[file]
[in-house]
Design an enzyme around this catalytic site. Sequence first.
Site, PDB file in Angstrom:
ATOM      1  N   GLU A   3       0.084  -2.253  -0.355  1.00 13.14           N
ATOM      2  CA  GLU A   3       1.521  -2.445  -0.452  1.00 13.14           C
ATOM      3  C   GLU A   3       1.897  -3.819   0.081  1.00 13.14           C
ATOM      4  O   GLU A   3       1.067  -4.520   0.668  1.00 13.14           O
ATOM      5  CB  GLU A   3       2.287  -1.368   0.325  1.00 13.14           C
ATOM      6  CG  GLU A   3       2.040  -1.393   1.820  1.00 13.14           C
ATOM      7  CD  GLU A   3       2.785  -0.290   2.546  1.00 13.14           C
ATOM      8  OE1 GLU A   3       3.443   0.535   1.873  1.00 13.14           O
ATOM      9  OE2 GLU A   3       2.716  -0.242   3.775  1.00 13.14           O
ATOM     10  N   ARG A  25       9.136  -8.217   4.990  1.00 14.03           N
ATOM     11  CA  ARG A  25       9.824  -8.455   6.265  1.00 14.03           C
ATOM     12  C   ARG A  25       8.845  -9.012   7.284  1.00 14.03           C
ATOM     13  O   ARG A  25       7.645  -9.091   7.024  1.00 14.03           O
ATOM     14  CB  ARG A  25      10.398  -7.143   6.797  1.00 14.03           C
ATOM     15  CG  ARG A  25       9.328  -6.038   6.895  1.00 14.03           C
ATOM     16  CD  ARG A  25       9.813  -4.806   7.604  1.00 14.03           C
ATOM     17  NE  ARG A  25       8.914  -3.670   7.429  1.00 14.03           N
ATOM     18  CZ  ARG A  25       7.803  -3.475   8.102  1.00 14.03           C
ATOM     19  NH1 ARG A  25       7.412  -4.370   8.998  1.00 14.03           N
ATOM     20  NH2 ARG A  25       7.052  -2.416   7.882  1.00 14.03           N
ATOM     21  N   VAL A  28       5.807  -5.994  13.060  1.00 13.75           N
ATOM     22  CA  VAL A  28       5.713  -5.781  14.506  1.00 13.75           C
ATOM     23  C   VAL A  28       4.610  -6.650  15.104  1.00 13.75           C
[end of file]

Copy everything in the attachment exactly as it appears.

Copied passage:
[in-house]
Design an enzyme around this catalytic site. Sequence first.
Site, PDB file in Angstrom:
ATOM      1  N   GLU A   3       0.084  -2.253  -0.355  1.00 13.14           N
ATOM      2  CA  GLU A   3       1.521  -2.445  -0.452  1.00 13.14           C
ATOM      3  C   GLU A   3       1.897  -3.819   0.081  1.00 13.14           C
ATOM      4  O   GLU A   3       1.067  -4.520   0.668  1.00 13.14           O
ATOM      5  CB  GLU A   3       2.287  -1.368   0.325  1.00 13.14           C
ATOM      6  CG  GLU A   3       2.040  -1.393   1.820  1.00 13.14           C
ATOM      7  CD  GLU A   3       2.785  -0.290   2.546  1.00 13.14           C
ATOM      8  OE1 GLU A   3       3.443   0.535   1.873  1.00 13.14           O
ATOM      9  OE2 GLU A   3       2.716  -0.242   3.775  1.00 13.14           O
ATOM     10  N   ARG A  25       9.136  -8.217   4.990  1.00 14.03           N
ATOM     11  CA  ARG A  25       9.824  -8.455   6.265  1.00 14.03           C
ATOM     12  C   ARG A  25       8.845  -9.012   7.284  1.00 14.03           C
ATOM     13  O   ARG A  25       7.645  -9.091   7.024  1.00 14.03           O
ATOM     14  CB  ARG A  25      10.398  -7.143   6.797  1.00 14.03           C
ATOM     15  CG  ARG A  25       9.328  -6.038   6.895  1.00 14.03           C
ATOM     16  CD  ARG A  25       9.813  -4.806   7.604  1.00 14.03           C
ATOM     17  NE  ARG A  25       8.914  -3.670   7.429  1.00 14.03           N
ATOM     18  CZ  ARG A  25       7.803  -3.475   8.102  1.00 14.03           C
ATOM     19  NH1 ARG A  25       7.412  -4.370   8.998  1.00 14.03           N
ATOM     20  NH2 ARG A  25       7.052  -2.416   7.882  1.00 14.03           N
ATOM     21  N   VAL A  28       5.807  -5.994  13.060  1.00 13.75           N
ATOM     22  CA  VAL A  28       5.713  -5.781  14.506  1.00 13.75           C
ATOM     23  C   VAL A  28       4.610  -6.650  15.104  1.00 13.75           C